Georgetown–IBM experiment

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The Georgetown–IBM experiment was an influential demonstration of machine translation, which was performed during January 7, 1954. Developed jointly by the Georgetown University and IBM, the experiment involved completely automatic translation of more than sixty Russian sentences into English.[1][2]

Background[edit]

Conceived and performed primarily in order to attract governmental and public interest and funding by showing the possibilities of machine translation, it was by no means a fully featured system: It had only six grammar rules and 250 lexical items in its vocabulary (of stems and endings). This complete dictionary was never fully shown (only the extended one from Garvin's article). Apart from general topics, the system was specialised in the domain of organic chemistry. The translation was carried out using an IBM 701 mainframe computer (launched in April 1953). Sentences had to be punched onto cards.

The Georgetown-IBM experiment is the best-known result of the MIT conference in June 1952 to which all active researchers in the machine translation field were invited. At the conference, Duncan Harkin from US Department of Defense suggested that his department would finance a new machine translation project.[3] Jerome Weisner supported the idea and offered finance from the Research Laboratory of Electronics at MIT. Leon Dostert had been invited to the project for his previous experience with the automatic correction of translations (back then 'mechanical translation'); his interpretation system had a strong impact on the Nuremberg War Crimes Tribunal. The linguistics part of the demonstration was carried out for the most part by linguist Paul Garvin who had also good knowledge of Russian.

Over 60 Romanized Russian statements from a wide range of political, legal, mathematical, and scientific topics were entered into the machine by a computer operator who knew no Russian, and the resulting English translations appeared on a printer.

The sentences to be translated were carefully selected. Many operations for the demonstration were fitted to specific words and sentences. In addition, there was no relational or sentence analysis which could recognize the sentence structure. The approach was mostly 'lexicographical' based on a dictionary where a specific word had a connection with specific rules and steps.[4]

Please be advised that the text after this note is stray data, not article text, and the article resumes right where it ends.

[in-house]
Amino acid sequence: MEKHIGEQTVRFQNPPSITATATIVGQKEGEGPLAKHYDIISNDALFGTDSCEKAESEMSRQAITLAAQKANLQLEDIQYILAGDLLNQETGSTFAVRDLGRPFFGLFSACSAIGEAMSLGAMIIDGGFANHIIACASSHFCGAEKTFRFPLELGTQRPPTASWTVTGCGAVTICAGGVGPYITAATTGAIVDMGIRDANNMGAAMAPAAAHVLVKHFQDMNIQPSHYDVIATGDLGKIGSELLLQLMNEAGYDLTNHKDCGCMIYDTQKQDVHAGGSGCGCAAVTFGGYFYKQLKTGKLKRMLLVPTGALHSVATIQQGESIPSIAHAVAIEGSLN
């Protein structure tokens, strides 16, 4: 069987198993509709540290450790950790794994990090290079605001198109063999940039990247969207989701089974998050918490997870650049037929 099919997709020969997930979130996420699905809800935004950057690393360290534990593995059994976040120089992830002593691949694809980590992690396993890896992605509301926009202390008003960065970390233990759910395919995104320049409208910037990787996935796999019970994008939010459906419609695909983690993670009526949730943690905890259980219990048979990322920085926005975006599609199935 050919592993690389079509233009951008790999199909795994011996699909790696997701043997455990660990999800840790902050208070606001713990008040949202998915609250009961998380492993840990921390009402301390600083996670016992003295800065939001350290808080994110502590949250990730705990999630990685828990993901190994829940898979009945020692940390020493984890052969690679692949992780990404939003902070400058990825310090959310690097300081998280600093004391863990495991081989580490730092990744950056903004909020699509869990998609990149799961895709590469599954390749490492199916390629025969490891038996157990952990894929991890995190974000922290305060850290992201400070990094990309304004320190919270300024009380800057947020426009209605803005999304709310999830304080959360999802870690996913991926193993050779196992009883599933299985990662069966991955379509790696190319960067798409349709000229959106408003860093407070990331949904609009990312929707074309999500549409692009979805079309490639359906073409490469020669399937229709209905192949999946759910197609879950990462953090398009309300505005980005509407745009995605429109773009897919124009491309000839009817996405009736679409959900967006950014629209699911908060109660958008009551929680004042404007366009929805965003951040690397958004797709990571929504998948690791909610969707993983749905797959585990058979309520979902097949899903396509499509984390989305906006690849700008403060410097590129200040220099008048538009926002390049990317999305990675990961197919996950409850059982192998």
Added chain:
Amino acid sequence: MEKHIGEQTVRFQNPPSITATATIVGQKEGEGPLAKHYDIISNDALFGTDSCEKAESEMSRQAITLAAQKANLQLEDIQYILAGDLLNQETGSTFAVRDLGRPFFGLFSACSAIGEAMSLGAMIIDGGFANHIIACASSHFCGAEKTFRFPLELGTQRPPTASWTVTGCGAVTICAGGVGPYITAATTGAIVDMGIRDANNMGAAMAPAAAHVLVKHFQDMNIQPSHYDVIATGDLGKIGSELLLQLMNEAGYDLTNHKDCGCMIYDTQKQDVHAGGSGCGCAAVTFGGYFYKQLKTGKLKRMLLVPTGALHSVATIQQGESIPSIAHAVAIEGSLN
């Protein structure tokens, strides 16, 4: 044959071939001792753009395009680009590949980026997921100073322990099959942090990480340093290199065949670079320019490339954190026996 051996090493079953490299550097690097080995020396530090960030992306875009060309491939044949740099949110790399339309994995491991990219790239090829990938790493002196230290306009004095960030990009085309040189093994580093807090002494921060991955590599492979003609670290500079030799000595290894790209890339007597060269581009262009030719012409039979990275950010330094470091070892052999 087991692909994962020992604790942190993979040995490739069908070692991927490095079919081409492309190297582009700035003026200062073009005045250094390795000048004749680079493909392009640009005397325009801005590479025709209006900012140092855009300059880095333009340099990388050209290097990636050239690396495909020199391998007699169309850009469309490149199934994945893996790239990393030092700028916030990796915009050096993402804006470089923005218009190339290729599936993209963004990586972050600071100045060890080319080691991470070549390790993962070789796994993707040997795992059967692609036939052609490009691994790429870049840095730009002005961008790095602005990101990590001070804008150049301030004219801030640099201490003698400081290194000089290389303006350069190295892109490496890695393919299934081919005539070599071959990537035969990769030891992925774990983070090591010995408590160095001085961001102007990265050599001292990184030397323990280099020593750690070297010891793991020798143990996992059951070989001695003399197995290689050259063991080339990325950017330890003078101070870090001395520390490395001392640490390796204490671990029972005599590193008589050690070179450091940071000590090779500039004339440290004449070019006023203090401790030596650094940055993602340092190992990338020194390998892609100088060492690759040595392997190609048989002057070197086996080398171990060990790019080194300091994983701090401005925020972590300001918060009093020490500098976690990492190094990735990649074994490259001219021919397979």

Six rules[edit]

  • Operation 0 – An exact equivalent for an translated item exists. Any further steps needed.[5]
  • Operation 1 – Rearrangement of the position of the words. AB > BA
  • Operation 2 – The several choices problem. The result is based on the consecutive words (maximum of three).
  • Operation 3 – Also several problems. But the result depends on the previous words (maximum of three).
  • Operation 4 – Omissions of the lexical (morphological) item. The source item would be redundant.
  • Operation 5 – Insertion of the lexical (morphological) item. The item is not present in the output language.

Translation Examples[edit]

Russian (Romanized) English translation
Mi pyeryedayem mislyi posryedstvom ryechyi. We transmit thoughts by means of speech.
Vyelyichyina ugla opryedyelyayetsya otnoshyenyiyem dlyini dugi k radyiusu. Magnitude of angle is determined by the relation of length of arc to radius.
Myezhdunarodnoye ponyimanyiye yavlyayetsya vazhnim faktorom v ryeshyenyiyi polyityichyeskix voprosov. International understanding constitutes an important factor in decision of political questions.

Reception[edit]

Well publicized by journalists and perceived as a success, the experiment did encourage governments to invest in computational linguistics. The authors claimed that within three or five years, machine translation could well be a solved problem. However, the real progress was much slower, and after the ALPAC report in 1966, which found that the ten years of long research had failed to fulfill the expectations, funding was reduced dramatically.

The demonstration was given widespread coverage in the foreign press, but only a small fraction of journalists drew attention to previous machine translation attempts.[6]

References[edit]

  1. ^ Nye, Mary Jo (2016). "Speaking in Tongues: Science's centuries-long hunt for a common language". Distillations. 2 (1): 40–43. Retrieved 22 March 2018.
  2. ^ Gordin, Michael D. (2015). Scientific Babel: How Science Was Done Before and After Global English. Chicago, Illinois: University of Chicago Press. ISBN 9780226000299.
  3. ^ Reynolds, A. Craig (1954). "The conference on mechanical translation". Mechanical Translation. 1 (3): 47–55.
  4. ^ Reifler, Erwin (February 2–5, 1960). "The solution of MT linguistic problems through lexicography". Proceedings of the National Symposium on Machine Translation.
  5. ^ Dostert, Leon E. (1955). "The Georgetown–I.B.M. experiment, 124–135". Locke and Booth.
  6. ^ Hutchins, John (1997). "From first conception to first demonstration: the nascent years of machine translation, 1947-1954. A chronology". Machine Translation 12, 195-252.

External links[edit]